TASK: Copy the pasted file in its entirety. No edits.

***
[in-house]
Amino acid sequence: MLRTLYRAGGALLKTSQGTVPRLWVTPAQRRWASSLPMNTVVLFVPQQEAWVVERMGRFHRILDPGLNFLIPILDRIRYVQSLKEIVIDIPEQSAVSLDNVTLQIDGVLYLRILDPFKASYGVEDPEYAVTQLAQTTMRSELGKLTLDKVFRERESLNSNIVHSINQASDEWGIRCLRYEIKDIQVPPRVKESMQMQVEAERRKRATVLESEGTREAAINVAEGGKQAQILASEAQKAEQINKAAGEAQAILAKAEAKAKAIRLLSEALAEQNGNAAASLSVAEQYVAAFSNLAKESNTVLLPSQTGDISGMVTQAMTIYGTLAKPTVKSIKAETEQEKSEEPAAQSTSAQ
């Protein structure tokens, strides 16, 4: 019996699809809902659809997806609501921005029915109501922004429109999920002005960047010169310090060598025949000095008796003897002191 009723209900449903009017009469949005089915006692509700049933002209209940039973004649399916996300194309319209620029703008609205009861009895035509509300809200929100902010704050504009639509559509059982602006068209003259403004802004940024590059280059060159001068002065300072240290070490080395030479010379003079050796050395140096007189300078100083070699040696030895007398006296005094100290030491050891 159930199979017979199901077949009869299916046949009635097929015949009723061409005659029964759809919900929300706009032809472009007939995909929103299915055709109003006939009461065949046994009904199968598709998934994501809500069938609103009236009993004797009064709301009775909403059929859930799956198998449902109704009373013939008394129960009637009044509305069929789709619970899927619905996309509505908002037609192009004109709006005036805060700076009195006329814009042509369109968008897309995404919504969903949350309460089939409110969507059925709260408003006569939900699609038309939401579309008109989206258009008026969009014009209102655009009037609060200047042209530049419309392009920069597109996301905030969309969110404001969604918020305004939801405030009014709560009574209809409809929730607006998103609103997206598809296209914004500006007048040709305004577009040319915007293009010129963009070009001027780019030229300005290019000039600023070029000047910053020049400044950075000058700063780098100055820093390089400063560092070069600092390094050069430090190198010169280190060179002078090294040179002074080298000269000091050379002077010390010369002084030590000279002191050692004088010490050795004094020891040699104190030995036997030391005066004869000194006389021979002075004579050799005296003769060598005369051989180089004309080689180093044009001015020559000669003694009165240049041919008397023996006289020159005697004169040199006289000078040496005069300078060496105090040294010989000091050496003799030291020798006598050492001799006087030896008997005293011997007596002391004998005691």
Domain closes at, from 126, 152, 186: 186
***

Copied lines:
[in-house]
Amino acid sequence: MLRTLYRAGGALLKTSQGTVPRLWVTPAQRRWASSLPMNTVVLFVPQQEAWVVERMGRFHRILDPGLNFLIPILDRIRYVQSLKEIVIDIPEQSAVSLDNVTLQIDGVLYLRILDPFKASYGVEDPEYAVTQLAQTTMRSELGKLTLDKVFRERESLNSNIVHSINQASDEWGIRCLRYEIKDIQVPPRVKESMQMQVEAERRKRATVLESEGTREAAINVAEGGKQAQILASEAQKAEQINKAAGEAQAILAKAEAKAKAIRLLSEALAEQNGNAAASLSVAEQYVAAFSNLAKESNTVLLPSQTGDISGMVTQAMTIYGTLAKPTVKSIKAETEQEKSEEPAAQSTSAQ
């Protein structure tokens, strides 16, 4: 019996699809809902659809997806609501921005029915109501922004429109999920002005960047010169310090060598025949000095008796003897002191 009723209900449903009017009469949005089915006692509700049933002209209940039973004649399916996300194309319209620029703008609205009861009895035509509300809200929100902010704050504009639509559509059982602006068209003259403004802004940024590059280059060159001068002065300072240290070490080395030479010379003079050796050395140096007189300078100083070699040696030895007398006296005094100290030491050891 159930199979017979199901077949009869299916046949009635097929015949009723061409005659029964759809919900929300706009032809472009007939995909929103299915055709109003006939009461065949046994009904199968598709998934994501809500069938609103009236009993004797009064709301009775909403059929859930799956198998449902109704009373013939008394129960009637009044509305069929789709619970899927619905996309509505908002037609192009004109709006005036805060700076009195006329814009042509369109968008897309995404919504969903949350309460089939409110969507059925709260408003006569939900699609038309939401579309008109989206258009008026969009014009209102655009009037609060200047042209530049419309392009920069597109996301905030969309969110404001969604918020305004939801405030009014709560009574209809409809929730607006998103609103997206598809296209914004500006007048040709305004577009040319915007293009010129963009070009001027780019030229300005290019000039600023070029000047910053020049400044950075000058700063780098100055820093390089400063560092070069600092390094050069430090190198010169280190060179002078090294040179002074080298000269000091050379002077010390010369002084030590000279002191050692004088010490050795004094020891040699104190030995036997030391005066004869000194006389021979002075004579050799005296003769060598005369051989180089004309080689180093044009001015020559000669003694009165240049041919008397023996006289020159005697004169040199006289000078040496005069300078060496105090040294010989000091050496003799030291020798006598050492001799006087030896008997005293011997007596002391004998005691």
Domain closes at, from 126, 152, 186: 186